AB: The latest ROCA X investment, which I think everyone already knows about, is Code of Talent, a start-up listed on SeedBlink's platform, in which I was the lead investor. If we are talking percentages, the amount represented about 10% of the total investment budget. It is one of our major investments this year - I mean for ROCA X. But this is the first situation in which "I put the money where my mouth is", as I also signed up as a private investor. In terms of my personal budget, the amount I contributed with would be at about at 20% of my funds at the time.
SB: What was the moment of your career that made you consider yourself a business angel?
AB: Here I would like to make a point: in relation to SeedBlink I have a double role – the representative of ROCA X fund, through which I have contributed to some transactions (e.g. EverToys), and that of a business angel.
The starting point was when the ROCA X project came to life when I started to get involved and learn more about venture capitals. I realized the opportunity and observed in me the desire to be active during the life of the start-ups. However, it is too early to say that I have a track record as a business angel. In any case, Seedblink's emergence is welcomed support, because it democratizes access to technology investments by offering accessible tickets to a wider audience.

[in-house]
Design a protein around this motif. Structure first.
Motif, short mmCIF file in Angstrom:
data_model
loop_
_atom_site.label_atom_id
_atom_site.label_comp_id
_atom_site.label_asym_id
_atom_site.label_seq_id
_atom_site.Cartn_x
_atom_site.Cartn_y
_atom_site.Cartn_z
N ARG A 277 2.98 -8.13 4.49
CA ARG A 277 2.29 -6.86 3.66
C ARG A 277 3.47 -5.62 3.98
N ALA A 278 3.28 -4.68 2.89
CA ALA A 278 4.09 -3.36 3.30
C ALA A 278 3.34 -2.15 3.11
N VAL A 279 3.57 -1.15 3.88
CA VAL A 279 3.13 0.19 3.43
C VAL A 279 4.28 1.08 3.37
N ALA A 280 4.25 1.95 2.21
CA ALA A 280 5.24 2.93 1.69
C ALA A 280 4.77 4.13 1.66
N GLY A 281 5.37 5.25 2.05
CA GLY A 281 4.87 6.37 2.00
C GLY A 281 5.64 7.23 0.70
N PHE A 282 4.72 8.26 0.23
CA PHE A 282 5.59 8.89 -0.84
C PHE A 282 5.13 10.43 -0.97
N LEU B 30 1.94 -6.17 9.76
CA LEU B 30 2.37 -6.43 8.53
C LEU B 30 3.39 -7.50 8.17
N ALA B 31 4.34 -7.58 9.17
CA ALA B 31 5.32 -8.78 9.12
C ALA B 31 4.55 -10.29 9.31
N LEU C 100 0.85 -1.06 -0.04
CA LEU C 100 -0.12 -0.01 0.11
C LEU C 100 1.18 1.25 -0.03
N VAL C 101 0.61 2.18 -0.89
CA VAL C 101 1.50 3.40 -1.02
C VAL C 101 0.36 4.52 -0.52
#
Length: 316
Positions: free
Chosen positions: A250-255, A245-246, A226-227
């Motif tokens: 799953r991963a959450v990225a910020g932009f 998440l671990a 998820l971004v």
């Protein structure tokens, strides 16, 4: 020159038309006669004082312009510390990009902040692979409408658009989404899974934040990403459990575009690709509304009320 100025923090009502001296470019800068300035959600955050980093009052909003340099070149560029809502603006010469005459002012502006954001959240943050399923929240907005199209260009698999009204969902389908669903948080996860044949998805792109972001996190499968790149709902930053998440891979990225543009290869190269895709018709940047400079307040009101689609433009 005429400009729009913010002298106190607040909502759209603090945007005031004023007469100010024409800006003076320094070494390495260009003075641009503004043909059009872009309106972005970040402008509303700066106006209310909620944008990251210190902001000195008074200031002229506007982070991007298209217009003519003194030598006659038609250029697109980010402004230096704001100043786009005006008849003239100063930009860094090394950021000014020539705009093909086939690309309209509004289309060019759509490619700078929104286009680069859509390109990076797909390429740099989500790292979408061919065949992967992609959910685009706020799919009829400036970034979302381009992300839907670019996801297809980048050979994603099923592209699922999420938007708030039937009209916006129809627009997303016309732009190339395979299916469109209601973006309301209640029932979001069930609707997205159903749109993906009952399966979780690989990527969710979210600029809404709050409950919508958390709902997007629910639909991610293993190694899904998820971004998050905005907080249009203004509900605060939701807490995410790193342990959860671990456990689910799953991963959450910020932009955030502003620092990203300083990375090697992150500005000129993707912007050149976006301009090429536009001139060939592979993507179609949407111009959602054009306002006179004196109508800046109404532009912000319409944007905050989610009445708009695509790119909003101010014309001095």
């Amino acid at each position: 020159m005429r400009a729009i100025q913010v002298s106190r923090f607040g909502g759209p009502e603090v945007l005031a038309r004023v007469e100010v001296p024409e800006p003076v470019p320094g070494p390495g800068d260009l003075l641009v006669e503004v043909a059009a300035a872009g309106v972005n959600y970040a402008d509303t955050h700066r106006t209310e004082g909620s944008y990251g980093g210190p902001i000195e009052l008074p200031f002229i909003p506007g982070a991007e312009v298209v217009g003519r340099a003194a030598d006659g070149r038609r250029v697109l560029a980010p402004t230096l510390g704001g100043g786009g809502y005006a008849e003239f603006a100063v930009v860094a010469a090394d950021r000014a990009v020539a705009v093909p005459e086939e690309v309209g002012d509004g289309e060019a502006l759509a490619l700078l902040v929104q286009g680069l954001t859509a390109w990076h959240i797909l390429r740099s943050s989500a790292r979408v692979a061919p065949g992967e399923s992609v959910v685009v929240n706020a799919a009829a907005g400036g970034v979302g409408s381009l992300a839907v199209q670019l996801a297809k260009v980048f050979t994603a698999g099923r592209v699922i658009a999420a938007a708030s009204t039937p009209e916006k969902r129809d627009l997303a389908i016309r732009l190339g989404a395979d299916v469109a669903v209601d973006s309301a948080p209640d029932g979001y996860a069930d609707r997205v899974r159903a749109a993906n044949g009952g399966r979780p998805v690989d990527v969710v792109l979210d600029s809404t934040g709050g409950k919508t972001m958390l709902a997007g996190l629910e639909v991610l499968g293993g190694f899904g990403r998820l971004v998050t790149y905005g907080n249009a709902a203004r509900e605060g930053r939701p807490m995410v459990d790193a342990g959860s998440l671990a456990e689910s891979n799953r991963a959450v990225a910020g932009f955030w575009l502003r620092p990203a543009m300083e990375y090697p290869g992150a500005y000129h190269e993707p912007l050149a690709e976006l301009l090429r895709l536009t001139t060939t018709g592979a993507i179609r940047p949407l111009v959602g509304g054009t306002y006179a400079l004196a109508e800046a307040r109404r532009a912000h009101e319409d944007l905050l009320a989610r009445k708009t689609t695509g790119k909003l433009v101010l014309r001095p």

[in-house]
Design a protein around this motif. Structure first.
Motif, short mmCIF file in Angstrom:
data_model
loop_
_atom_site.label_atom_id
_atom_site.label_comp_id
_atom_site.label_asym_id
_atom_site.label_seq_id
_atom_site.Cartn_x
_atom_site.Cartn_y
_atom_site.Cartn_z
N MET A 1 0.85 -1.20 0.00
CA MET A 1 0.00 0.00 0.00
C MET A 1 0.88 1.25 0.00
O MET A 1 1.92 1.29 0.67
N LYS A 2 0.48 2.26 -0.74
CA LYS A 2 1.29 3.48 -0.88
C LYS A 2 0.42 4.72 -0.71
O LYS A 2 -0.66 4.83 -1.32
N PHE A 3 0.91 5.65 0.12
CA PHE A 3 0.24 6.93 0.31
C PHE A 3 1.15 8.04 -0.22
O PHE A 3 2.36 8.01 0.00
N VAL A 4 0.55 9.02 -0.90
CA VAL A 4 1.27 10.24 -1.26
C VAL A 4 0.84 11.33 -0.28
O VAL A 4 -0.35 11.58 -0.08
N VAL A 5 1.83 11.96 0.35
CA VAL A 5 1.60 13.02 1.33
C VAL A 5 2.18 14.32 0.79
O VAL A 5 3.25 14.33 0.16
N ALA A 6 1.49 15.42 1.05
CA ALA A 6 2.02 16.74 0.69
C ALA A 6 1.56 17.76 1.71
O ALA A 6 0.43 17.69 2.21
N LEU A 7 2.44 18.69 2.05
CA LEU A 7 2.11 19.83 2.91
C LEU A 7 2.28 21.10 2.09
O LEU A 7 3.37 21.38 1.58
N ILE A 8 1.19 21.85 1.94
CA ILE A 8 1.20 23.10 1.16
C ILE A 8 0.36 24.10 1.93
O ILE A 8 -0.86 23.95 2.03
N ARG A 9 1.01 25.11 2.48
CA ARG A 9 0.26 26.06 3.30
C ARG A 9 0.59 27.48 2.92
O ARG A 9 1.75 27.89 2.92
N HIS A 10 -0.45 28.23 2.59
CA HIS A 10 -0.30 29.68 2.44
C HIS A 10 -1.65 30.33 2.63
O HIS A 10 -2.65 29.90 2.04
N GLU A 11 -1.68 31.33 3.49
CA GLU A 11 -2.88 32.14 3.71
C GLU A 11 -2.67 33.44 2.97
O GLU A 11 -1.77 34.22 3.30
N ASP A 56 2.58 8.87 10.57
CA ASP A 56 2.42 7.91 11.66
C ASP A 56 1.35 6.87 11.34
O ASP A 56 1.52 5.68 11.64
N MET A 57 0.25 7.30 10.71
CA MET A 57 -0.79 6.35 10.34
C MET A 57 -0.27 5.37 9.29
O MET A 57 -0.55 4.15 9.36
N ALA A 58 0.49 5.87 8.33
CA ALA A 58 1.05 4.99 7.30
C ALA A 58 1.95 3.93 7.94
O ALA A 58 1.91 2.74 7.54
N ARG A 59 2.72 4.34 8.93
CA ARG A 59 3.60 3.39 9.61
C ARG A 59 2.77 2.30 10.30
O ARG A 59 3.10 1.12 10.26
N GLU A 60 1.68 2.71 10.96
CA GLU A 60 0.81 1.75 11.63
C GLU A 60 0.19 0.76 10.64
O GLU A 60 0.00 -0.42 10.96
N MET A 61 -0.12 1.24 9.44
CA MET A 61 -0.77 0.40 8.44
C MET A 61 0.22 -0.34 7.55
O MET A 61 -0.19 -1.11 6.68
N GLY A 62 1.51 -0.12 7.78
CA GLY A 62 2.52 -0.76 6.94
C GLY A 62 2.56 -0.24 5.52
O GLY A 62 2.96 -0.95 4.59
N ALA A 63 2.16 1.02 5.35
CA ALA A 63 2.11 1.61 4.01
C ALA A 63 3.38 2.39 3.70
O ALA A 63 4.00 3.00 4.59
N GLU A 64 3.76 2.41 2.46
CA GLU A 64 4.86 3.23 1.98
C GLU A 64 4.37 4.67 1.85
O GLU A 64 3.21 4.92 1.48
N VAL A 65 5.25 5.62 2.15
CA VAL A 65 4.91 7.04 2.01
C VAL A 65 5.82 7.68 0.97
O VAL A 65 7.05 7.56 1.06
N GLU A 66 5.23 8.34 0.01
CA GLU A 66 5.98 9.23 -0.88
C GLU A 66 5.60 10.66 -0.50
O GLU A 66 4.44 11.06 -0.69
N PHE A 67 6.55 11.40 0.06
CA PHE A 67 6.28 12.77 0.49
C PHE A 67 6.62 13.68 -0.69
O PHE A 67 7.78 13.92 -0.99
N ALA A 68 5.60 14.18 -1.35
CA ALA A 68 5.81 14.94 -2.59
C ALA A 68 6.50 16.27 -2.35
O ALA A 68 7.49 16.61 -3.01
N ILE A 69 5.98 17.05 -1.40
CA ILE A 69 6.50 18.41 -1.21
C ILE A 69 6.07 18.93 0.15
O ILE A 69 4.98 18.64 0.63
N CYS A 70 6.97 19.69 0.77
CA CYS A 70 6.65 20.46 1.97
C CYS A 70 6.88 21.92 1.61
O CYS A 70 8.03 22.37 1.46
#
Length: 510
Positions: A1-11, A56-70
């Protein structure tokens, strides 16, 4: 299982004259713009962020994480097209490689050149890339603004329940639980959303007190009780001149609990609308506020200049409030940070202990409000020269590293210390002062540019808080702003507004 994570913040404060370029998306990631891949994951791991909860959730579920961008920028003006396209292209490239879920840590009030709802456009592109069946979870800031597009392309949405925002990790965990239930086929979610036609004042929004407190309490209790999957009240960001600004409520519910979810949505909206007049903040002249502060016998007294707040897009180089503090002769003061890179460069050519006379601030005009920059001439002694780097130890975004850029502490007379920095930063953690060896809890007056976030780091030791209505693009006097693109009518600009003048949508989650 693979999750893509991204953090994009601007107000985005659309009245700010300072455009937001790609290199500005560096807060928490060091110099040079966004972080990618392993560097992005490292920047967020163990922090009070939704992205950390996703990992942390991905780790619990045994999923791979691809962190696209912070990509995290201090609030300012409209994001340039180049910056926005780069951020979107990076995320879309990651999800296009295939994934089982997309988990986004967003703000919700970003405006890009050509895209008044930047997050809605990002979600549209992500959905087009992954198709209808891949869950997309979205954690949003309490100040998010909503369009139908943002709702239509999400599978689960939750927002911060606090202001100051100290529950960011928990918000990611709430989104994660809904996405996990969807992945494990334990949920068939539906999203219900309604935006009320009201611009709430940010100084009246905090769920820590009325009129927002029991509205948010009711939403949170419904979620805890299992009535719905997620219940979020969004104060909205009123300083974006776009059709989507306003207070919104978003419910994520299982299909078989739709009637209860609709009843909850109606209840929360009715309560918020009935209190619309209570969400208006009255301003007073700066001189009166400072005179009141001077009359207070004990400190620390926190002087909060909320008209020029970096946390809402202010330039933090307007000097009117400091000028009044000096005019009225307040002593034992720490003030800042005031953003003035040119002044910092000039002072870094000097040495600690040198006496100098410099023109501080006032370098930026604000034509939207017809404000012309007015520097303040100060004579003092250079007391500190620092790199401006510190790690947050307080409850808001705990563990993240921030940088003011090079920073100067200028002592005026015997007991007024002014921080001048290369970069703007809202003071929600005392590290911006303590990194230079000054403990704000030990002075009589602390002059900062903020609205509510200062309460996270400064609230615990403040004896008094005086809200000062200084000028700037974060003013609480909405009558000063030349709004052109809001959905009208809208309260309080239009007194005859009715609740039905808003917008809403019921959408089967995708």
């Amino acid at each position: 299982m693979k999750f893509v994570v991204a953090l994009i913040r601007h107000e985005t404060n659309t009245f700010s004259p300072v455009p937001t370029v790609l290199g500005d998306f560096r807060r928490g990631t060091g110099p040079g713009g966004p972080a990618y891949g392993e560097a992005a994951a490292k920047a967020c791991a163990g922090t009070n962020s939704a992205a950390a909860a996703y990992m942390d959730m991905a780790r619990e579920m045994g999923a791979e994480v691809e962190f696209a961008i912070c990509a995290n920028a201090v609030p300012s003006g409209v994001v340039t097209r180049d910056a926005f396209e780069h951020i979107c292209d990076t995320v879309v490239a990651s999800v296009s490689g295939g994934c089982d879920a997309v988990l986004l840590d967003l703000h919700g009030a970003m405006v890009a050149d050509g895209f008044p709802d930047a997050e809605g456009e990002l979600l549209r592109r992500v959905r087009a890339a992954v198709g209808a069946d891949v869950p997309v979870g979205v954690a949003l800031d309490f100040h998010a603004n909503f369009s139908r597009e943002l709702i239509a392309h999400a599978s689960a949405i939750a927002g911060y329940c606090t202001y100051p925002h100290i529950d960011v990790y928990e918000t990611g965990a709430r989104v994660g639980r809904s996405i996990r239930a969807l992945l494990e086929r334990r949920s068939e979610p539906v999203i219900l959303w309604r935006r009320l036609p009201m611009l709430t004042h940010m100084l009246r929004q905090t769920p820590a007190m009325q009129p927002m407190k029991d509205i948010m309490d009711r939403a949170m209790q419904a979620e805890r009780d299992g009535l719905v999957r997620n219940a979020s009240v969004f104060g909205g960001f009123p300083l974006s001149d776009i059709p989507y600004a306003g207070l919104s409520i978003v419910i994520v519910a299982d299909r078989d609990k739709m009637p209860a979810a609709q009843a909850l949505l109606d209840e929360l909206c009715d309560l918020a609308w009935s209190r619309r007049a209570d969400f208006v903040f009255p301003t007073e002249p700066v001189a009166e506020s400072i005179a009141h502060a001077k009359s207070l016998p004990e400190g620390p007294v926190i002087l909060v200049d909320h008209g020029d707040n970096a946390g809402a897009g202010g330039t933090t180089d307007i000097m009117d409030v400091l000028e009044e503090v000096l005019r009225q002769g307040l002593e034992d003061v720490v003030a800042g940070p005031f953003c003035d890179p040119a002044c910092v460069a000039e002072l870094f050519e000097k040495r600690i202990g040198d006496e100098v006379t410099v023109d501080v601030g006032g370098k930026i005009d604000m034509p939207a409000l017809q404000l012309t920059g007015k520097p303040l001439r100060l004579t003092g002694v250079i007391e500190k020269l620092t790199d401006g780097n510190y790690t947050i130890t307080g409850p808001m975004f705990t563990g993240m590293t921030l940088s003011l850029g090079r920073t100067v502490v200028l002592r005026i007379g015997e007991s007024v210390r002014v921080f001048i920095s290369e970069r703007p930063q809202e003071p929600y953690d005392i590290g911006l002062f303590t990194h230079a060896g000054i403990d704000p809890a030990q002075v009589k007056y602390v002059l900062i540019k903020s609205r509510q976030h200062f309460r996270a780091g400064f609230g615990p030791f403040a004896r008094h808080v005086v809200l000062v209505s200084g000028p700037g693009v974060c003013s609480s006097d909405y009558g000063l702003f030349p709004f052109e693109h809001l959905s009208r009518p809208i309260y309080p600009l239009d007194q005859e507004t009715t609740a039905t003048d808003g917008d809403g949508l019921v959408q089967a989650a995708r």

SB: What are the expectations of a business angel?
AB: Aside from the opportunity to increase the income by using investments, a business angel, in general, engages in the very early stages of the projects of interest. For me, the biggest satisfaction is that I can feel that I put my mark on the outline of a new product that will potentially impact millions of customers.
SB: What do you think are the biggest challenges a start-up faces in the current context?
AB: I think the first significant challenge is that of correct acknowledgement. Start-ups – small companies with founders having a tech background, do not necessarily have access to reliable information sources. There is a wealth of information that is freely available on the Internet, but their level of clarity and trustworthiness is relatively low. There are not enough resources - after all, a start-up is a business at the start of the road that won't be able to finance many studies on their own - to discover the circumstances their clients are facing and their changes in behaviour.
SB: How could start-ups overcome these challenges?
AB: The good part of the challenge is that this community has assumed the role of supporting the entrepreneurs. For example, Impetum Group has organized and smoothed the communication among founders, allowing them to exchange their experiences & knowledge, to understand the big picture, as well as identify the challenges and opportunities they face in the current situation. This is the new spirit, not necessarily traditional to us, of sharing information.
One common factor that our sister company (Roca) & I have encountered, is that entrepreneurs found in difficult situations become very closed. This is a trait of our culture: we are not willing to share the difficulties or the successes, and we don’t trust much those around us. However, it is precisely this flow of information that can reveal collaboration opportunities and generate new ideas for saving the ecosystem.
By Bianca Iulia-Simion
PublishedMarch 02, 2021
Be the first to know all about tech-trends, European growth, investments, and get exclusive access to all resources offered by our community!